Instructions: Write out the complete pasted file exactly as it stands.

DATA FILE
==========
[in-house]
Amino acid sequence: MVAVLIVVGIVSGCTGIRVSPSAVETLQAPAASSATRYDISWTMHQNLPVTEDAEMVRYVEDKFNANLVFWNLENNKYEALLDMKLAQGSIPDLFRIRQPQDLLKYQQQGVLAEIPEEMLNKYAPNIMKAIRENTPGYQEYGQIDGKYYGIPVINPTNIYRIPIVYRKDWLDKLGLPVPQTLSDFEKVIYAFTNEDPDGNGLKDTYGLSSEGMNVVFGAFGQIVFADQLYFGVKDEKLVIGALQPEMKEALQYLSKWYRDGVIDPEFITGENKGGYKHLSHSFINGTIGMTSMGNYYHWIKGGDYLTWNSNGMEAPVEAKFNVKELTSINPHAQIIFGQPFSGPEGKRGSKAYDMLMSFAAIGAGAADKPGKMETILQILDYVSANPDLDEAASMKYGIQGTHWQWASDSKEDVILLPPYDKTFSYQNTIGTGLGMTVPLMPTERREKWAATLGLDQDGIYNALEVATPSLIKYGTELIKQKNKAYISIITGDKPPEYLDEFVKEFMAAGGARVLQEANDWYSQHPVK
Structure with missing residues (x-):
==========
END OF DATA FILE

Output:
[in-house]
Amino acid sequence: MVAVLIVVGIVSGCTGIRVSPSAVETLQAPAASSATRYDISWTMHQNLPVTEDAEMVRYVEDKFNANLVFWNLENNKYEALLDMKLAQGSIPDLFRIRQPQDLLKYQQQGVLAEIPEEMLNKYAPNIMKAIRENTPGYQEYGQIDGKYYGIPVINPTNIYRIPIVYRKDWLDKLGLPVPQTLSDFEKVIYAFTNEDPDGNGLKDTYGLSSEGMNVVFGAFGQIVFADQLYFGVKDEKLVIGALQPEMKEALQYLSKWYRDGVIDPEFITGENKGGYKHLSHSFINGTIGMTSMGNYYHWIKGGDYLTWNSNGMEAPVEAKFNVKELTSINPHAQIIFGQPFSGPEGKRGSKAYDMLMSFAAIGAGAADKPGKMETILQILDYVSANPDLDEAASMKYGIQGTHWQWASDSKEDVILLPPYDKTFSYQNTIGTGLGMTVPLMPTERREKWAATLGLDQDGIYNALEVATPSLIKYGTELIKQKNKAYISIITGDKPPEYLDEFVKEFMAAGGARVLQEANDWYSQHPVK
Structure with missing residues (x-):